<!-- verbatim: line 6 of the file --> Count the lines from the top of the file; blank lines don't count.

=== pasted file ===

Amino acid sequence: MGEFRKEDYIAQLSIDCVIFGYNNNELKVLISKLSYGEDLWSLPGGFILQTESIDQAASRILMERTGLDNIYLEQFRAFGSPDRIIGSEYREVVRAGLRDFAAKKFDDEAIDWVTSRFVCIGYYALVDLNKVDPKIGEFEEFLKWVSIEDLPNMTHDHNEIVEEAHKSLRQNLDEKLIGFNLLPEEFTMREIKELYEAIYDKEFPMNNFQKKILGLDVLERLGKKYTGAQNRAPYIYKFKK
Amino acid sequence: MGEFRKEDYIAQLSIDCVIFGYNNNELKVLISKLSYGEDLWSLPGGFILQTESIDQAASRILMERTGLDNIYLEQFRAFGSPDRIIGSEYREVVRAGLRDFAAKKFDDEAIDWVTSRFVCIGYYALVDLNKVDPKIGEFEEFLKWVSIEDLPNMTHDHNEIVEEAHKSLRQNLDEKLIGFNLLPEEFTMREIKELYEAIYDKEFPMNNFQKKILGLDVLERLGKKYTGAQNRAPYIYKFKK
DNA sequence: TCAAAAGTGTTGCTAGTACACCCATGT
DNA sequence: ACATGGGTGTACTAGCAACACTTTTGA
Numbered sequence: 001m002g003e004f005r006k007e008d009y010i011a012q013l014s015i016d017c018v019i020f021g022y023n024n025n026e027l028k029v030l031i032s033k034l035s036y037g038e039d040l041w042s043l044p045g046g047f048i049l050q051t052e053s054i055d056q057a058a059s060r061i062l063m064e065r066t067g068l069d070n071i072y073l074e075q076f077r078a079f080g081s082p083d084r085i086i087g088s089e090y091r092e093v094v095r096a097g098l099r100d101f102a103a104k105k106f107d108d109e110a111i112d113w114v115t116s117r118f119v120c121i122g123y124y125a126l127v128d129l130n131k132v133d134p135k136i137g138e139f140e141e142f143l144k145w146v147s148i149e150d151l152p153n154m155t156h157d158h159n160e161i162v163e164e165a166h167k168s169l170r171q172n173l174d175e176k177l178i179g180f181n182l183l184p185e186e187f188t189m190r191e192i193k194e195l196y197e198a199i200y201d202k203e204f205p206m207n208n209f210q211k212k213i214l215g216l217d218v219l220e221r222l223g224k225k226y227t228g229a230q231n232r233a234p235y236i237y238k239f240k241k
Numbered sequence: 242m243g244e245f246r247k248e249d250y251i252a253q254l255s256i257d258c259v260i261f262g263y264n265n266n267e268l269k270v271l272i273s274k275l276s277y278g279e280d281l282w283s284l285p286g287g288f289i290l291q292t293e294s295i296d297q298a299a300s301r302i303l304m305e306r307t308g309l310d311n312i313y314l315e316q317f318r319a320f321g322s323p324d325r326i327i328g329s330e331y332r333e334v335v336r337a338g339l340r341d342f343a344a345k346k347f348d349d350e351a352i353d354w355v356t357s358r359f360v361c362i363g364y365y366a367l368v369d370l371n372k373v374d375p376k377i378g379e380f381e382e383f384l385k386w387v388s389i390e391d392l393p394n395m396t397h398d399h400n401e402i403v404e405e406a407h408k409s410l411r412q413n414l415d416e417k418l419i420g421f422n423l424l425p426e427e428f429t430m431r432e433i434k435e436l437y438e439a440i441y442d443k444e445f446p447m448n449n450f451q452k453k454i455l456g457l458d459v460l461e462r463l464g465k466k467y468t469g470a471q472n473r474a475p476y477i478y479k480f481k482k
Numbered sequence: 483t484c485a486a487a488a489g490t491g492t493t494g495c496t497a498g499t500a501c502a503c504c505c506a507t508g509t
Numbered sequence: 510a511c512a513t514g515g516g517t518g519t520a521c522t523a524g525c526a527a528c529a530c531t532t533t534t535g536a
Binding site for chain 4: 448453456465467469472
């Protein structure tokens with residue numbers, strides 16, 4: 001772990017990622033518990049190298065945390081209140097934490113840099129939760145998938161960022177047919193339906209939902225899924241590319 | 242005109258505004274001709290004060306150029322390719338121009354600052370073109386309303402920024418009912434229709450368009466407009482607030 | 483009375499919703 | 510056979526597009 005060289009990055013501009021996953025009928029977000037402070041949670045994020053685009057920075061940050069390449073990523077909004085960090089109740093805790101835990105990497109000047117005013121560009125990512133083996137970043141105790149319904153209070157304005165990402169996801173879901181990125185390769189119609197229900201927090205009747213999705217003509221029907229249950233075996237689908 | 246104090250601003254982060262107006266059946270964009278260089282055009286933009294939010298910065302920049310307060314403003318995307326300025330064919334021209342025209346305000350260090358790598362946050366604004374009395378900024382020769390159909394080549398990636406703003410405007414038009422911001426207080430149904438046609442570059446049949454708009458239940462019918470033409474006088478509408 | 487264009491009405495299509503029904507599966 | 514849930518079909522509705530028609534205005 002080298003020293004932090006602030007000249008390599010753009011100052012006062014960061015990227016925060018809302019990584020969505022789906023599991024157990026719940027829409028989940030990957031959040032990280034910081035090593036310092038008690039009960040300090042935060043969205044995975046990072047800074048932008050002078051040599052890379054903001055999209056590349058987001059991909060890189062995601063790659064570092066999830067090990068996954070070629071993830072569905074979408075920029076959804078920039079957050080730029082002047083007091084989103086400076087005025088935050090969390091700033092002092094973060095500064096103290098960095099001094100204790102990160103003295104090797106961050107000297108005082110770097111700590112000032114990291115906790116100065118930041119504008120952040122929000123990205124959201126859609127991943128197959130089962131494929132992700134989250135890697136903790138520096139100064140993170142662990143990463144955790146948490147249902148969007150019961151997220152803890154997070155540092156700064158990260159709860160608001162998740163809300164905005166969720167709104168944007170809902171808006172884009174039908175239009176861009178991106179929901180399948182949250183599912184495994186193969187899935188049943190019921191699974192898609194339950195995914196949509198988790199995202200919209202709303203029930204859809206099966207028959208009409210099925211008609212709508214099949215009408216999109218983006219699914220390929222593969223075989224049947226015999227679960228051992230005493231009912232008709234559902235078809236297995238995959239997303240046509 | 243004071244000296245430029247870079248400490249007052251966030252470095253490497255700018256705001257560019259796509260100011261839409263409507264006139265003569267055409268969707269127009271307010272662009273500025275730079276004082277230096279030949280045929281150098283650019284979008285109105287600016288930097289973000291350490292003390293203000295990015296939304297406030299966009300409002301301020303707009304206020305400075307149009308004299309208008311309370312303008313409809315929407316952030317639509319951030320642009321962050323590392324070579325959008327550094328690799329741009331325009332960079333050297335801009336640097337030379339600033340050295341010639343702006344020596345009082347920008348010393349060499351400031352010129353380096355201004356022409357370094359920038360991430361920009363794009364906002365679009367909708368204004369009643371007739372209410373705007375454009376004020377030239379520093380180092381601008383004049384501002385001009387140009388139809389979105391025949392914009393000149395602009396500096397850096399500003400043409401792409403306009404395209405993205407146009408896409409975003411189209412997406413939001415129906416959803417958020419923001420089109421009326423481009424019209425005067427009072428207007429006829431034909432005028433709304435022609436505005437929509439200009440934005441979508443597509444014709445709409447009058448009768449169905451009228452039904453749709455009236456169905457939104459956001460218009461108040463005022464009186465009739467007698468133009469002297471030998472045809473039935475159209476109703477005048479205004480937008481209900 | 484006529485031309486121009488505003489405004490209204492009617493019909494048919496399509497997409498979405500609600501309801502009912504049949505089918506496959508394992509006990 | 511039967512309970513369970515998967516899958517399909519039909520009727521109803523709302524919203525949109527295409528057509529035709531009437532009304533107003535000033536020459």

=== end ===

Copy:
Numbered sequence: 242m243g244e245f246r247k248e249d250y251i252a253q254l255s256i257d258c259v260i261f262g263y264n265n266n267e268l269k270v271l272i273s274k275l276s277y278g279e280d281l282w283s284l285p286g287g288f289i290l291q292t293e294s295i296d297q298a299a300s301r302i303l304m305e306r307t308g309l310d311n312i313y314l315e316q317f318r319a320f321g322s323p324d325r326i327i328g329s330e331y332r333e334v335v336r337a338g339l340r341d342f343a344a345k346k347f348d349d350e351a352i353d354w355v356t357s358r359f360v361c362i363g364y365y366a367l368v369d370l371n372k373v374d375p376k377i378g379e380f381e382e383f384l385k386w387v388s389i390e391d392l393p394n395m396t397h398d399h400n401e402i403v404e405e406a407h408k409s410l411r412q413n414l415d416e417k418l419i420g421f422n423l424l425p426e427e428f429t430m431r432e433i434k435e436l437y438e439a440i441y442d443k444e445f446p447m448n449n450f451q452k453k454i455l456g457l458d459v460l461e462r463l464g465k466k467y468t469g470a471q472n473r474a475p476y477i478y479k480f481k482k